Wednesday, January 05, 2011

Twelfth Night

There isn't much to take down on Twelfth Night.  We only really decorate one room.  Some years there's ivy and other greenery - holly if I can find it, but this year the birds had had all the berries everywhere of it, and I didn't begrudge them - which is thrown on the fire as it comes down, and makes a crackle and a green smoke smell.

There's the funny red raffia garland I bought in an Oxfam shop years ago; it's breaking up in pieces now but not to worry, the pieces drape around in a versatile way, and there's the little artificial tree which we've had since the first Christmas we were together, which folds up, I'm afraid to say, with the baubles and other accumulated jewjaws still on it and goes into a carrier bag.

Then there are the cardboard cut-out angels I painted sometime since we've been here, I can't remember what the models for them were, something a bit Byzantine I think, and there are the walnut shell three ships, which I think I've photographed before but not this time,

and there are the two peg-doll angels my lovely sister made, because she's like that.  Oh, and that odd little painted bell with a perplexed Father Christmas face on which Tom's daughter K, (Benj's and Emily's mum) sent last year.  She quite often sends some Christmassy thing like that, it's rather nice, more lasting and healthier than chocolate; you get it out the following year and remember. 

And there are the cards.

We light the candles in the wooden tree (which came from B the German doctor another year) once more, put on a cd of carols, drink the last half glass each of the 1997 Loupiac which the village gave to Tom on his last big birthday, and which we started with the pudding on Christmas Day, and pack Christmas away for another year.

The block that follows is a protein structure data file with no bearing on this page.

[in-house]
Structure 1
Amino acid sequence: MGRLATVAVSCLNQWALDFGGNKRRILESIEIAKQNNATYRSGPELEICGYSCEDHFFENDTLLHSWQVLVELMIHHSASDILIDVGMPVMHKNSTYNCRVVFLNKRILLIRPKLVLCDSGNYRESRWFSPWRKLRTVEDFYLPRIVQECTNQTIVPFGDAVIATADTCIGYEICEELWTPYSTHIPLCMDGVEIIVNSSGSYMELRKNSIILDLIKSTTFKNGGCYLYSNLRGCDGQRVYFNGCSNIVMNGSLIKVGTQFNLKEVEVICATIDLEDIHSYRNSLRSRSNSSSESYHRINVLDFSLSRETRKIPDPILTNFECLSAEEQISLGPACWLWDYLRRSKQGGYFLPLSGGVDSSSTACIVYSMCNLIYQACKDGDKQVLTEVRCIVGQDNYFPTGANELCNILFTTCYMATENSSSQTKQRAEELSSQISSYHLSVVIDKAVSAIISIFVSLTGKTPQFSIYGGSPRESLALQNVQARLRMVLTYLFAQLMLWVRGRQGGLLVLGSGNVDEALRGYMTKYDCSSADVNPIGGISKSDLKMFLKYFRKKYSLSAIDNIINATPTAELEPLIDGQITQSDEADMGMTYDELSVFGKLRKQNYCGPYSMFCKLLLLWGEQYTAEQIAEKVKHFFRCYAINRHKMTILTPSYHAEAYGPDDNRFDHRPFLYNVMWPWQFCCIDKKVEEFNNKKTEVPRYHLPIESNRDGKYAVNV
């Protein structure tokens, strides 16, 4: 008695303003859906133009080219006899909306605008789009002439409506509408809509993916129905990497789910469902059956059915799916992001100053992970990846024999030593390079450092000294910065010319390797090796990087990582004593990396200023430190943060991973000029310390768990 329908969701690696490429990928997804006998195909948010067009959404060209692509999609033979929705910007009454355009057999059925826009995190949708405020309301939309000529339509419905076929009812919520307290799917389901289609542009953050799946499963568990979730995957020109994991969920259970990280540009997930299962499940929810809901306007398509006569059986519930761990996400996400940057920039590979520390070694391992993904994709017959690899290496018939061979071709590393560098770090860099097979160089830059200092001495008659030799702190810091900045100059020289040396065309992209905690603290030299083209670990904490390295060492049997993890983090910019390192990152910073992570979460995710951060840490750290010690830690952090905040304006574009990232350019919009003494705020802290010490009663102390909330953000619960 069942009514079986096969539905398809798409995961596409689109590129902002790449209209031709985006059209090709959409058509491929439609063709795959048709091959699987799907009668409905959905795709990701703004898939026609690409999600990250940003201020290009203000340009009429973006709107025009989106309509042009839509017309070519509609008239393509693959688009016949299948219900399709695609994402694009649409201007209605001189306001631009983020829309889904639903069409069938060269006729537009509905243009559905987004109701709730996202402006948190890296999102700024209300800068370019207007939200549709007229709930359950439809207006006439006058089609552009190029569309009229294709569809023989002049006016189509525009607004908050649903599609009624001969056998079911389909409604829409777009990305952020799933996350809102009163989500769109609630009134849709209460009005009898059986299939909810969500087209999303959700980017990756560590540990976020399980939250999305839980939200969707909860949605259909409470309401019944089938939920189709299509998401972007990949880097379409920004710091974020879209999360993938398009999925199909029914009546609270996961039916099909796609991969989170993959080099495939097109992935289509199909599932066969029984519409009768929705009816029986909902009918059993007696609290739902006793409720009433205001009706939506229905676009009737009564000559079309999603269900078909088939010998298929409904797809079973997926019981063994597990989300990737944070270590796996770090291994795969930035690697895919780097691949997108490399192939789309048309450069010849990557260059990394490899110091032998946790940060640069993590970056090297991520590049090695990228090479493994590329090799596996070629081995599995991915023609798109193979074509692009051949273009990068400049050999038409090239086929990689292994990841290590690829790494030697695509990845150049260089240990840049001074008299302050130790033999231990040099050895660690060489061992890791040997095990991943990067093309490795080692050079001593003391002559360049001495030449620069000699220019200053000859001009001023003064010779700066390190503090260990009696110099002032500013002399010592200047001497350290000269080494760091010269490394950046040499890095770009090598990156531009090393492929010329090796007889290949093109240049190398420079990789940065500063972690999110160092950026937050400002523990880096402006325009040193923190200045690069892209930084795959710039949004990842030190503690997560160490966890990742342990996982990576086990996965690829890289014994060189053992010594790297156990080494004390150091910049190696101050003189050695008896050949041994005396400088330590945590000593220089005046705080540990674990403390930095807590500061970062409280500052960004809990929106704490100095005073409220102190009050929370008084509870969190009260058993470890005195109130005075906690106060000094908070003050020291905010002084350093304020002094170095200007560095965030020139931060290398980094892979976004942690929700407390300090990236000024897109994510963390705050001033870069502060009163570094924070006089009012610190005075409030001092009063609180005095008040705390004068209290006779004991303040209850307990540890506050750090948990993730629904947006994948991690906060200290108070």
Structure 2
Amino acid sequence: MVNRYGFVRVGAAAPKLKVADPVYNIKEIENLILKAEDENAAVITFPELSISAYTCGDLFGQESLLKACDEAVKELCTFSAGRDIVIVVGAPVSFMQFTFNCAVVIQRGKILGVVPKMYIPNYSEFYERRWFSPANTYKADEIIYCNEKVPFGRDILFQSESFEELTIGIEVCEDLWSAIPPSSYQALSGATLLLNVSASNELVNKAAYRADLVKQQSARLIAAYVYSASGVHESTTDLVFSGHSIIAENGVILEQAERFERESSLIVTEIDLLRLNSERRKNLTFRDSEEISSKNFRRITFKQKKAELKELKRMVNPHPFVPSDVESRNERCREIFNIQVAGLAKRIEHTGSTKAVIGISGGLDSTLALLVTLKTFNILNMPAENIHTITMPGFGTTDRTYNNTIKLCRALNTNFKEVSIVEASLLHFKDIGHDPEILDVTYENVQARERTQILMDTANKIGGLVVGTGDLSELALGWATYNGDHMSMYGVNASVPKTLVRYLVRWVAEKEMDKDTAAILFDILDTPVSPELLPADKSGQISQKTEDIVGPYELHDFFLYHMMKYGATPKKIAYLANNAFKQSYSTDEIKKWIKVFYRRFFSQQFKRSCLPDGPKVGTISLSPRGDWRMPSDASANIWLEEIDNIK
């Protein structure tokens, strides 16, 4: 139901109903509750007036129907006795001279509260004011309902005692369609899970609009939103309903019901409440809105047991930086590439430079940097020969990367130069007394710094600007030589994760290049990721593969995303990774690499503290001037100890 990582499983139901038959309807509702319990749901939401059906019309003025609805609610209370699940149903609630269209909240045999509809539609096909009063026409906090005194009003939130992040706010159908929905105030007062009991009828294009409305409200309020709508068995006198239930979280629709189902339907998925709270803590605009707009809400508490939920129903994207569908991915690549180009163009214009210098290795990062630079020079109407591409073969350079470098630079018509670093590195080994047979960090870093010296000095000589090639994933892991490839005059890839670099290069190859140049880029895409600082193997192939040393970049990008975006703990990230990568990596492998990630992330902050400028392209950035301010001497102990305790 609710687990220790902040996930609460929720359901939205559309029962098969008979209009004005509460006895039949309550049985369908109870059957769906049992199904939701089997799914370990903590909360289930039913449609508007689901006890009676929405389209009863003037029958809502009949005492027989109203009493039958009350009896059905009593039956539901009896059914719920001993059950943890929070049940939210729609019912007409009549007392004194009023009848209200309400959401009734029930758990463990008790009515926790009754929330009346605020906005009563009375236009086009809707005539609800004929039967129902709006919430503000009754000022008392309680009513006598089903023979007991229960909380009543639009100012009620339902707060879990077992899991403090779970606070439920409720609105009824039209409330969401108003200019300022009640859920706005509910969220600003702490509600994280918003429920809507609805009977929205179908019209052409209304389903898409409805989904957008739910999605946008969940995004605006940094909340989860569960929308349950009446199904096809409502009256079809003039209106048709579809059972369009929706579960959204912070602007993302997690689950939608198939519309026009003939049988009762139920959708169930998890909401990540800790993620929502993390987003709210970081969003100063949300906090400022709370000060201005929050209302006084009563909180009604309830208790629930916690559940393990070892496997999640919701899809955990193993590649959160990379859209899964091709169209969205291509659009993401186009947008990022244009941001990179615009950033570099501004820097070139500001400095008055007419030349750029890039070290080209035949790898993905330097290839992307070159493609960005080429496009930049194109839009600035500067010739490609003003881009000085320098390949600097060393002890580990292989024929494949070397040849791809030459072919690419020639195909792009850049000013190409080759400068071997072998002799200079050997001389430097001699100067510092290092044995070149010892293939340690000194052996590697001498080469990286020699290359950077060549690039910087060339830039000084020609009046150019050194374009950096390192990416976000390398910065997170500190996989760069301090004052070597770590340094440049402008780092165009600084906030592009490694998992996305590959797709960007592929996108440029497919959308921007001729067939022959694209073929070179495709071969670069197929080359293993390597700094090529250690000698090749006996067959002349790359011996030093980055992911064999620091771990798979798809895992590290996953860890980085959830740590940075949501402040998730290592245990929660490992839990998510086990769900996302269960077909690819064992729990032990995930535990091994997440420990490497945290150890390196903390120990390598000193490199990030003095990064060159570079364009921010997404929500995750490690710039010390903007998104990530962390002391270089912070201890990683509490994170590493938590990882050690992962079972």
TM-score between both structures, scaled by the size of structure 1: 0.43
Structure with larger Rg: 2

Happy Twelfth Night, Fête des Rois, Epiphany.  Onward towards the light now.

Though there's still a bit of Christmas cake left...


Plutarch said...

I sort of recognise that fire, as though I had been looking into the flames.

The word verification is blesi. So Blesi! I like your angels.

Lucy said...

Blesi you too, Plutarch, and did you recognise the squirrel?

Barrett Bonden said...

I like putting up our fairly modest Christmas decorations (the majority acquired via Mrs BB's visits to Christmas markets, mainly in Germany), I enjoy the effect they create and I enjoy bundling them back into their boxes. I used to imagine that the latter was a sign of misanthropy but I now rationalise it by arguing that Christmas needs to be purged, it shouldn't linger pointlessly out of season.

It's clear your decorations are more personal than ours but there is no hint of ambivalence in your account of tidying things away. The wine (Given by the village! The pair of you certainly are figures fixed in a landscape.) and the carols suggest the event is a mini-festival in itself. I can't pretend my hurried activities are so adorned. I Googled Loupiac, thinking it might be a Loire pudding wine but it is of course a Bordeaux. I've never tried it but I have tried one that is geographically related: Cadillac, chosen, needless to say, because of the name.

I like jewjaws, definitely an ecumenical variant and easier to pronounce than geegaws.

20th Century Woman said...

How nice to have a ritual about getting the decorations put away. I always thought of it as a sad chore. Next year I'll think again.

Beth said...

Lucy, likewise, your ritual gives me cheer as I anticipate taking down our decorations this weekend. The leftover fruitcake, and some port or some such thing, shared with J., will help me not feel wistful this year! It's such a long haul here in the north between January and, say, early April, when the first bulbs poke up and the tree buds are visible. So the end of Christmas is extra-difficult, even though I know by mid-January the winter is half over. Cheers and best wishes for the New Year to you; I liked reading your post about the year just past!

Rouchswalwe said...

Fête des Rois! The sound fills the heart.

Isabelle said...

Catching up with reading... I'm amazed that you think you might suffer from timidity and sloth. You seem brave and enegetic to me!

Happy New Year anyway. I love reading about your life - so different from mine and so beautifully described.